Sound Transit to vote on dropping First Hill
Seattle Times staff reporter
As Sound Transit nears a decision on scrubbing its proposed First Hill light-rail station, some of the station's biggest supporters are questioning whether cancellation would save enough money to achieve the goal many rail backers seek.
"They're trying to get to the University of Washington [without raising taxes]," Seattle City Councilman Richard McIver, a Sound Transit board member, said yesterday. "I don't think we can get there, even without First Hill."
"I think it's questionable," said state Rep. Ed Murray, D-Seattle, whose district includes First Hill.
The Sound Transit board is to vote tomorrow on whether to drop First Hill from its proposed light-rail extension from downtown Seattle to Northgate. Some have suggested the savings — $350 million — could be enough to get the underground line built as far north as Husky Stadium without seeking more tax money.
"We're encouraged," Sound Transit communications director Ric Ilgenfritz said of that possibility. "We think there may be a path. ... It's close, but by no means certain."
But McIver said that, at a closed briefing last month, Sound Transit staff members said that, even without the First Hill station, an additional $200 million still would be needed to reach Husky Stadium — and that figure assumed more borrowing than agency policies now allow.
With a First Hill station, McIver added, Sound Transit staff indicated light rail would require a voter-approved 0.2 percentage-point sales-tax increase to reach Husky Stadium, or a 0.4 or 0.5 percentage-point increase to get to Northgate.
Ilgenfritz wouldn't discuss McIver's numbers, saying more details on financing would be released soon.
"If they kill First Hill, I'm off the train," said Murray, a longtime Sound Transit backer who chairs the state House Transportation Committee. Murray said he would travel to Washington, D.C., to lobby against federal grants Sound Transit needs to build the northern extension.
Sound Transit has been looking for a way to build light rail north since 2001, when cost overruns forced it to scale back its proposed 21-mile rail line from the University District to SeaTac to a 14-mile line with a northern terminus downtown.
The agency broke ground on that leg two years ago.
First Hill — home to Seattle University, two major hospitals, 22,000 jobs and 6,000 households — has been part of the proposed northern alignment since 1996. A year ago, Seattle Mayor Greg Nickels said it would be short-sighted to not build there.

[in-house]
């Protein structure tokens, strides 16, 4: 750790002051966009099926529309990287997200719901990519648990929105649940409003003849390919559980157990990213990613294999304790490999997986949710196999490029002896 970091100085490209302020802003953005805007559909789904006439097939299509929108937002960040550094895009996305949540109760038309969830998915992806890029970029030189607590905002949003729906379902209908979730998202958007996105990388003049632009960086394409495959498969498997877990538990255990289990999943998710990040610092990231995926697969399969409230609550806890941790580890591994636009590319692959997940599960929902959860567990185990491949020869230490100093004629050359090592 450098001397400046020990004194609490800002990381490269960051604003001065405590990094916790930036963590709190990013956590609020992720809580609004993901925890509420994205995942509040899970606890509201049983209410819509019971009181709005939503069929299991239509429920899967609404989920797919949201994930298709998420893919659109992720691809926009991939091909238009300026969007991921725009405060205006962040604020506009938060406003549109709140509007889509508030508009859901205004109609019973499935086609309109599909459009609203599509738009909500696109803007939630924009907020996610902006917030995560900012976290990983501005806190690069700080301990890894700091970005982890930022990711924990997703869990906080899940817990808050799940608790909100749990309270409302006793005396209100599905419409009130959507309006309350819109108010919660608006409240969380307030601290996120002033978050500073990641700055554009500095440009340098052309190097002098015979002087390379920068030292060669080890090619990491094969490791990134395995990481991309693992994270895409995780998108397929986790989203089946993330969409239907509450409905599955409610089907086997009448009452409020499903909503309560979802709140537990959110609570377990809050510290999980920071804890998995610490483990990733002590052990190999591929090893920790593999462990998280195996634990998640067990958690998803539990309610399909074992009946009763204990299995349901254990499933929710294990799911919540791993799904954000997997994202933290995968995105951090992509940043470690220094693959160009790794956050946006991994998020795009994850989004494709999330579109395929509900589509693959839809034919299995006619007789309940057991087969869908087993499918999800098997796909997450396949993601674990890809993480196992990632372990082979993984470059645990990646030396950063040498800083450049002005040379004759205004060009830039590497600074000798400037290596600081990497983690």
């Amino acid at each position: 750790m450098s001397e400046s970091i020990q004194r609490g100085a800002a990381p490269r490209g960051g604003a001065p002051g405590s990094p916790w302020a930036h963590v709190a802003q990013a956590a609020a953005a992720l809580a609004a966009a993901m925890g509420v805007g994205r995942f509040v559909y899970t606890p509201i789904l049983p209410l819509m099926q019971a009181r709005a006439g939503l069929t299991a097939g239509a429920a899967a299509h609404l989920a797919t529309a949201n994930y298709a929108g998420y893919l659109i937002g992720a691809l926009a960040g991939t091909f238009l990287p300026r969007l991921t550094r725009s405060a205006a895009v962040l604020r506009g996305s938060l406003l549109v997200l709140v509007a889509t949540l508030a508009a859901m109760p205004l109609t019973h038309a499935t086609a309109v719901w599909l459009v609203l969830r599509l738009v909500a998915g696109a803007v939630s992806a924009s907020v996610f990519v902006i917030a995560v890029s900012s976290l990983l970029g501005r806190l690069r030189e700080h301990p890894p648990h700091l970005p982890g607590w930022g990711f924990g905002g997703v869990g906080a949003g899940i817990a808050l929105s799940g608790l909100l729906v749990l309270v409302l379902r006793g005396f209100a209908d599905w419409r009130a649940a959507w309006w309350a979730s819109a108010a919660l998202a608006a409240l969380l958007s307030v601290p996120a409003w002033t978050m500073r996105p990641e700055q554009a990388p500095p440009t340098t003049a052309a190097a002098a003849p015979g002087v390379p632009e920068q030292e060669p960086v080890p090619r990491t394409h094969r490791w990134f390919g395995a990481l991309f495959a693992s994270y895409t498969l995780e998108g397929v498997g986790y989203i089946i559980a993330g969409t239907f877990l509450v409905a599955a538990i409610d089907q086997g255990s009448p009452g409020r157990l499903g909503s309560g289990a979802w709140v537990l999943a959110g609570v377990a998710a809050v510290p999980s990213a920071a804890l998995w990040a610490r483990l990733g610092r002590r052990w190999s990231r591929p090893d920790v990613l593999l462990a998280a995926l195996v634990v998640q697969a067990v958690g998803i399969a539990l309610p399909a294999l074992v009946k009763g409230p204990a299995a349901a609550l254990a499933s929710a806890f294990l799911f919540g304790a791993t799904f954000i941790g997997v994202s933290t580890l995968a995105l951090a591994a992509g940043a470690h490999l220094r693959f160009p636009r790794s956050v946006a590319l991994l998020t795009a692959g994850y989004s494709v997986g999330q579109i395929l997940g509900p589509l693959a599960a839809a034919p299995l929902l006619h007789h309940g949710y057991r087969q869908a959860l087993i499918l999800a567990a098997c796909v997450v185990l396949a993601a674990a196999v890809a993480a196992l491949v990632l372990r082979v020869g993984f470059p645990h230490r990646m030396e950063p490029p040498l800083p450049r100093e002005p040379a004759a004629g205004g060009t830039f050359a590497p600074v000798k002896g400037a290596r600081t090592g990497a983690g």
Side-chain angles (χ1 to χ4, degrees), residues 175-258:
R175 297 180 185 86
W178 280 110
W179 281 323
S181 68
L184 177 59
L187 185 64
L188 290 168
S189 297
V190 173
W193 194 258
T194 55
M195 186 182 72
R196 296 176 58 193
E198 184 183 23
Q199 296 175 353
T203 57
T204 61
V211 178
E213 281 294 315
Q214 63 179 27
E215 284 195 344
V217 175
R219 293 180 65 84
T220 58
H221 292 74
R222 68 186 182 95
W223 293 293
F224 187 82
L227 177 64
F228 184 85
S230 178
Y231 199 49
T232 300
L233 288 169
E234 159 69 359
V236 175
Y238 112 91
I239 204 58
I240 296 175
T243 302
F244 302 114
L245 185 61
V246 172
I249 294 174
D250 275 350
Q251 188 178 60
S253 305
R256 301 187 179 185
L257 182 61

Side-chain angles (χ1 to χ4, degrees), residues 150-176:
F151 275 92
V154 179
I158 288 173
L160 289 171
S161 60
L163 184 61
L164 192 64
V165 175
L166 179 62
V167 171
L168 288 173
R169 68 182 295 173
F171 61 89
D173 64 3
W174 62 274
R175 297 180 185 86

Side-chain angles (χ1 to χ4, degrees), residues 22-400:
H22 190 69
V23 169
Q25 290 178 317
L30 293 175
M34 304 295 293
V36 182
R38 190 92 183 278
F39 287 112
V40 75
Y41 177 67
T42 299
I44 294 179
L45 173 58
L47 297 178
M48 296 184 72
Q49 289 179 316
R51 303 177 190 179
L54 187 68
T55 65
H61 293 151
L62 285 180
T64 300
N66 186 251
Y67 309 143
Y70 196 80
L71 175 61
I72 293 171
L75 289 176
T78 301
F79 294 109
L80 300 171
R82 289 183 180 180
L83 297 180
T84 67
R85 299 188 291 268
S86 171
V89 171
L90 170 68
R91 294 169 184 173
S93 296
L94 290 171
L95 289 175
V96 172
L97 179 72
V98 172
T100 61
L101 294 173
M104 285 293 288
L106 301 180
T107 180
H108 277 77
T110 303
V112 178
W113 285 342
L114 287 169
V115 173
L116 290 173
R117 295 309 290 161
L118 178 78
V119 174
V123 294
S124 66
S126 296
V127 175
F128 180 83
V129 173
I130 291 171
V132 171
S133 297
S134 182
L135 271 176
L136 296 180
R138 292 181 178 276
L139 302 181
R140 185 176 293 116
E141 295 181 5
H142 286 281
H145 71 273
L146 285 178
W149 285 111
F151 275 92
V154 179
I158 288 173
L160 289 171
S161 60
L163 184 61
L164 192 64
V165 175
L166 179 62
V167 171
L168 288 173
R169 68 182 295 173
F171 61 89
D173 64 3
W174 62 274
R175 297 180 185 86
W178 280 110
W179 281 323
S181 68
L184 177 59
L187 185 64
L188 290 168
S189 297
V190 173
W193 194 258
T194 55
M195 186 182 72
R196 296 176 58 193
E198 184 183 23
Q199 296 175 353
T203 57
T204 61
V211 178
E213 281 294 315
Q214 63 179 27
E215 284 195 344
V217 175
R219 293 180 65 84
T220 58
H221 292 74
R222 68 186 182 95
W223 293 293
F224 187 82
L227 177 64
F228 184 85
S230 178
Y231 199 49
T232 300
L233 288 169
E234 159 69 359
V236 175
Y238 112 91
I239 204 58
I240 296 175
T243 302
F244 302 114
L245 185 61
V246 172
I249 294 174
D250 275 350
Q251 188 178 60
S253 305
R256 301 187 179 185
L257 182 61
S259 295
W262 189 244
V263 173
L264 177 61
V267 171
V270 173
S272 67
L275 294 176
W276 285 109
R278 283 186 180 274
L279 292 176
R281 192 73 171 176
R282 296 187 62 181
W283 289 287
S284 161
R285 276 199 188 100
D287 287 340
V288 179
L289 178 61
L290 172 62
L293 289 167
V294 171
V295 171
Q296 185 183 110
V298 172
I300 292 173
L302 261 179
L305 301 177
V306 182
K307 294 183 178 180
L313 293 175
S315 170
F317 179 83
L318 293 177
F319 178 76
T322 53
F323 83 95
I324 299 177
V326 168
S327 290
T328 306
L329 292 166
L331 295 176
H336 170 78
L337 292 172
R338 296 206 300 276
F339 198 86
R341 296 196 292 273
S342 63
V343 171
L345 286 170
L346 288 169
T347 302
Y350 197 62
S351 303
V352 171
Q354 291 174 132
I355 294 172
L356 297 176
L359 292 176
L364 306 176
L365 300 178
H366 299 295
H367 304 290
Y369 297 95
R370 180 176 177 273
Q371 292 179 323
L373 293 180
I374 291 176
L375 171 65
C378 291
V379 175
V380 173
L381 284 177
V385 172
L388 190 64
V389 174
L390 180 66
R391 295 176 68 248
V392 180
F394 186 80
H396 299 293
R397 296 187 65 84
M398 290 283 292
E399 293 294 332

The station surfaced as a serious target for cost-cutting this spring, and the agency's staff is expected to formally recommend cancellation today.
In a presentation to the board this month, Sound Transit staff members said eliminating First Hill would trim the price of the downtown-Husky Stadium segment to $1.5 billion from $1.85 billion and shave six months off the construction schedule.
More important, they said, it would avoid risks that could push project costs even higher and the schedule back even further.
Martin Schachenmayr, project-control manager, said the 210-foot-deep station would require complex, relatively untested excavation techniques. Few contractors do such work, he said, and that could reduce competition and drive up costs.
Those and other risks prompted a consultant who managed work on the Interstate 90 tunnel through Mount Baker Ridge and the downtown Seattle bus tunnel to recommend the First Hill station be scrapped.
McIver said First Hill's housing and employment density warrant light-rail service.
At least six of the other eight Seattle City Council members agree.
Seattle University, Swedish Medical Center and Virginia Mason Medical Center have sent letters supporting the station. After years of neutrality, the First Hill Community Council recently decided to support the station, President Debby Gibby said.
If the Sound Transit board excludes First Hill, "it's going to be the biggest mistake of their lives," Gibby said.
But, looking ahead to tomorrow's vote, "I think it looks kind of bleak for us," McIver said.
Spokesmen for Nickels and King County Executive Ron Sims, both Sound Transit board members, said their bosses still were studying the issue. Metropolitan King County Councilman Dwight Pelz, another board member who is running against McIver for City Council, would not discuss the vote.
McIver suggested Sound Transit consider other station sites and construction methods, and postpone the First Hill decision until next year. But Ilgenfritz said that, if the agency doesn't submit a grant application to the Federal Transit Administration by Aug. 15, completing the line north from downtown could slip a year, from 2016 to 2017.
Eric Pryne: 206-464-2231 or firstname.lastname@example.org
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